And a reminder, using specific physical descriptions as opposed to gender specific assumptions show inclusivity for all our neighbors. For example saying, “This child’s bike is white and pink with pink handlebar streamers and the words My Little Pony on the frame,” rather than saying, “Gifting one girl’s white and pink My Little Pony bike.”

If you’re looking for more information about writing visual descriptions, check out this article –

Thanks for helping to make this community accessible for all!

Image description – A light skinned child with dark hair holds a kaleidoscope to his eye with both hands. The outside of the kaleidoscope is decorated in kaleidoscope patterns of green, blue, red, yellow and white. The background is blurred but it appears to be outside with colors of yellow and black in the top half of the picture and green on the bottom half. 
Image credit – Luisella Planeta Leoni from Pixabay 


(this post was written by Buy Nothing volunteers who live with various allergies and sensitivities. These are their personal recommendations based on lived experience, about ways in which sharing would be safer for people)

Would you give an item to someone if you knew it was going to make them sick? 

NO! Of course not. And yet for people with allergies, an encounter with their allergen can range in effect from discomfort to death.

One way to reduce barriers to giving and receiving gifts is to share information about the environment you live in, the materials that make up the gift, the products you use at home or the animals you have. 

Here are some things to consider sharing when you post your items as gifts:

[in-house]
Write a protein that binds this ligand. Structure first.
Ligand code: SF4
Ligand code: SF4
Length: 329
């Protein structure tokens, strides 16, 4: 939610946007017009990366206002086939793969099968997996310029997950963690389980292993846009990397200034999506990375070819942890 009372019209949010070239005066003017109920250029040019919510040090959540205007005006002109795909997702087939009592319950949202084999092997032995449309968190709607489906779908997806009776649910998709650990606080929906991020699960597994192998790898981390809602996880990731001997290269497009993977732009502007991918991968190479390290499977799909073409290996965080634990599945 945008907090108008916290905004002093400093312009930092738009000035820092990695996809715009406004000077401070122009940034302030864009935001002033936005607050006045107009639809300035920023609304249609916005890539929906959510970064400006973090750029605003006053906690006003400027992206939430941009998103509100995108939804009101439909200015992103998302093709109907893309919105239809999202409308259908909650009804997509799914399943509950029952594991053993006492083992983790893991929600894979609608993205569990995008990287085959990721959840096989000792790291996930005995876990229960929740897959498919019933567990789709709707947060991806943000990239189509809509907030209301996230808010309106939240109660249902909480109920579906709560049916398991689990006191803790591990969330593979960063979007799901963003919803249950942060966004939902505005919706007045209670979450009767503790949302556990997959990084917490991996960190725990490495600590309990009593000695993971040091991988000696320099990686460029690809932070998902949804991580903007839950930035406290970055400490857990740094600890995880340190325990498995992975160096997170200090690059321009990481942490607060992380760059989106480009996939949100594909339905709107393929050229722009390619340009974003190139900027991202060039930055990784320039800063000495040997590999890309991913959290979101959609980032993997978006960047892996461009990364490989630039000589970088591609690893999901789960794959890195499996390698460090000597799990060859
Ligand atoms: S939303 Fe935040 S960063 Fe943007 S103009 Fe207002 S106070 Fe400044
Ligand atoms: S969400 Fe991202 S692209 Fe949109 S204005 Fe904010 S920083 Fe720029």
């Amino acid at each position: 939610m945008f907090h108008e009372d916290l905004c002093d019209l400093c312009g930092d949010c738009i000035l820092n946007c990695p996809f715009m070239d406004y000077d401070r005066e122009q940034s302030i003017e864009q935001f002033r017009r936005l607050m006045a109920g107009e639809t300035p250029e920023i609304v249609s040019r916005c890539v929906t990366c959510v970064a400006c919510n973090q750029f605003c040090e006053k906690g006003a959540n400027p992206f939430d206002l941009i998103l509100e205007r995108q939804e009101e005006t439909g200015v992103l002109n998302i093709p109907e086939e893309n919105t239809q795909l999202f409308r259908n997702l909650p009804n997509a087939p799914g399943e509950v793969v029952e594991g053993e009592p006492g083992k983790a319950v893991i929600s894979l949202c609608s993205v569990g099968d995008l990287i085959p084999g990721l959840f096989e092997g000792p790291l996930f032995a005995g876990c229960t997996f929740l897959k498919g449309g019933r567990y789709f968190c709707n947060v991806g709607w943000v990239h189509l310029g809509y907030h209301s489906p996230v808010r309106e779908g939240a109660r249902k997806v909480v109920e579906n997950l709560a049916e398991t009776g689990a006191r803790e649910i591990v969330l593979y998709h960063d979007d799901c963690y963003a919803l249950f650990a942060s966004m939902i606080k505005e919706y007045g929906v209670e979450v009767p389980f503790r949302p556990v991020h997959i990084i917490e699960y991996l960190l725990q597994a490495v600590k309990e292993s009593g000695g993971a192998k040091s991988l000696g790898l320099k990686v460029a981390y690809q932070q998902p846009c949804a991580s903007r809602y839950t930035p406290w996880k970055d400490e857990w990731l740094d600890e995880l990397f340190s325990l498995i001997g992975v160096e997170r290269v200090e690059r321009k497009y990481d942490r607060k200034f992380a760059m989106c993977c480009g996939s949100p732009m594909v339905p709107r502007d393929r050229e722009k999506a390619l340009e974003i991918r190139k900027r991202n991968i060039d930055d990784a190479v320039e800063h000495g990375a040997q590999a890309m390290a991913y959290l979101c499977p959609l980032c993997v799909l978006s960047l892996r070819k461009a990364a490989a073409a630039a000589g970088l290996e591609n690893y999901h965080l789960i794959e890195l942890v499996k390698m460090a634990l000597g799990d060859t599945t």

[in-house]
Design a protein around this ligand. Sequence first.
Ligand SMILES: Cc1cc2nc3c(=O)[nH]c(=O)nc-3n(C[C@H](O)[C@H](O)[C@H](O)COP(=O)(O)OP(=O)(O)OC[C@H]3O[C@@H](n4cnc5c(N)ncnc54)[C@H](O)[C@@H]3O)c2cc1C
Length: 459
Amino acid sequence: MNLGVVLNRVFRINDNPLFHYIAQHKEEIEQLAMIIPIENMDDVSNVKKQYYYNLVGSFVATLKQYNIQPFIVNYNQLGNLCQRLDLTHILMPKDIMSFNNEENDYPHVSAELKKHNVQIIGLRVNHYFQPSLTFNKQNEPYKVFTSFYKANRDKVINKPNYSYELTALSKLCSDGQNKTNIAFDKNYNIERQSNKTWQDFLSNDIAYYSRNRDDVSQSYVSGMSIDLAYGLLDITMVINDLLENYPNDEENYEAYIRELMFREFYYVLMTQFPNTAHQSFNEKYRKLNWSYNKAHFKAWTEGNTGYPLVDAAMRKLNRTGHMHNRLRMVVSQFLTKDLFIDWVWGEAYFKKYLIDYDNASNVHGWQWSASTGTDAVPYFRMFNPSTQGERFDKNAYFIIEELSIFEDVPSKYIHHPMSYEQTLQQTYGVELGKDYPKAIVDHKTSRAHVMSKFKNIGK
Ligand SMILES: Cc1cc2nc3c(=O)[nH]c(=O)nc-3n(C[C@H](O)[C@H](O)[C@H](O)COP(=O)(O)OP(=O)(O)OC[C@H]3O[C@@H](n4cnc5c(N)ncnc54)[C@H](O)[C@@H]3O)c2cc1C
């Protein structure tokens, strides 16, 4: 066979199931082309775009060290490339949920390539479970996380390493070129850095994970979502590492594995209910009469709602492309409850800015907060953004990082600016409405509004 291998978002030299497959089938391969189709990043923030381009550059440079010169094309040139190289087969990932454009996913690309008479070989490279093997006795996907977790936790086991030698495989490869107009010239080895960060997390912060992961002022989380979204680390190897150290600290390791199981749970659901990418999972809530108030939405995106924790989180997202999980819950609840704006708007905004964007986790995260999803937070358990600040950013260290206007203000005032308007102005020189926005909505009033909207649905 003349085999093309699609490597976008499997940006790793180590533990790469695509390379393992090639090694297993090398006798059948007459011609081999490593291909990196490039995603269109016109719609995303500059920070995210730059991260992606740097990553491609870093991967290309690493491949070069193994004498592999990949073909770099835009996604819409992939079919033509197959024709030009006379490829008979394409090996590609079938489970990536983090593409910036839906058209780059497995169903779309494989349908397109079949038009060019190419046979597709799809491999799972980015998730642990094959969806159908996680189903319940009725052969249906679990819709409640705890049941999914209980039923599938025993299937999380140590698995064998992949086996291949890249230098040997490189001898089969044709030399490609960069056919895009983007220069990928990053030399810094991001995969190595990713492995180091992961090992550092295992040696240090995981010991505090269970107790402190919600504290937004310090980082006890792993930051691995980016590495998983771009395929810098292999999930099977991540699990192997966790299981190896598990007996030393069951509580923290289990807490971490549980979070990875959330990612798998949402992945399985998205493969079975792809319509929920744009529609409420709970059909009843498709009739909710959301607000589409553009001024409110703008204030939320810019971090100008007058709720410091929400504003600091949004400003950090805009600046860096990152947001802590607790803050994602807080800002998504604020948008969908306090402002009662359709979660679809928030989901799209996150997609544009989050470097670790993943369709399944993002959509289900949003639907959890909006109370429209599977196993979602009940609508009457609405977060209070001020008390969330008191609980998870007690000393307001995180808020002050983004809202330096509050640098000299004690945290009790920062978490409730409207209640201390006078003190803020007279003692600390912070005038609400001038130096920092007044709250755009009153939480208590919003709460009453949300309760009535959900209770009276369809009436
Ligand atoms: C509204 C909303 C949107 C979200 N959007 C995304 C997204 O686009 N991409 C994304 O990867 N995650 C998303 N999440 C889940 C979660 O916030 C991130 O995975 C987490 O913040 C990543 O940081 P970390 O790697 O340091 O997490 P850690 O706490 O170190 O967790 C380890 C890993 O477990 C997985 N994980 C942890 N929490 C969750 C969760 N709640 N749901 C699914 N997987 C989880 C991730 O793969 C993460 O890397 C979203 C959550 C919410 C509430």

• Do you have any pets at home? What kind?  (There is no such thing as a universally hypoallergenic animal.)
  • Do you interact frequently with other people’s pets whose fur could transfer to clothing or fabrics you might gift?
  • Do you use scented laundry detergent? 
  • Do you use dryer sheets?
  • Do you use other scented products like air fresheners, incense, perfume, cologne, body spray, essential oils, lotions, soap or cleaners?
  • Do you interact frequently with other people who use these products that could transfer to anything you might gift?
  • Is there smoke of any kind in your house? 
  • Does your home have mold or mildew? 
  • What kinds of products have you used to clean an item that you’re gifting? How long have you been cleaning the item with it? 
  • What kinds of materials is the gift made of? Latex, particle board, plywood, urethanes, adhesives, paints, plastics and other materials may be a problem.
  • Is your gift a homemade food or personal care product? What ingredients are in it? Did you prepare the item around or near something that could be a known allergen, such as dairy, eggs, nuts, shellfish, soy, wheat or mushrooms? 

How You Can Help:

  • Full Disclosure using the questions above.  The more information you can give, the better.
  • Be very specific about the products you use. Cite the brand name and the special formula. (ex. Tide Powder with Bleach, Tide Free & Gentle Liquid, Tide PurClean, etc.)
  • For all consumer products, include photos of the product labels showing the ingredient list.
  • Be open to ways of handing off the item in a way that respects the recipient’s health, safety and dignity.
  • Don’t be offended if the person cannot accept your gift

Let’s make the receiving of gifts as accessible as possible for those with allergies.

And if you’re interested in learning more, check out Stink!,

Image description – Three bottles of perfume stand on a wooden background. The liquid is in colors of orange, clear, and light blue. There are white and pink flowers placed in front of the bottles.
Image credit – monicore from Pixabay 

Language #1

Language is a way we communicate and it also encompasses culture. When we’re mostly communicating in English there may be parts of our culture that don’t translate through a translation app. Thanks for your understanding and patience with those who may be using English to communicate, even if it is not their native tongue.

When posting in our local gift economy, what can we do to make everyone feel comfortable posting in a language that is comfortable to them?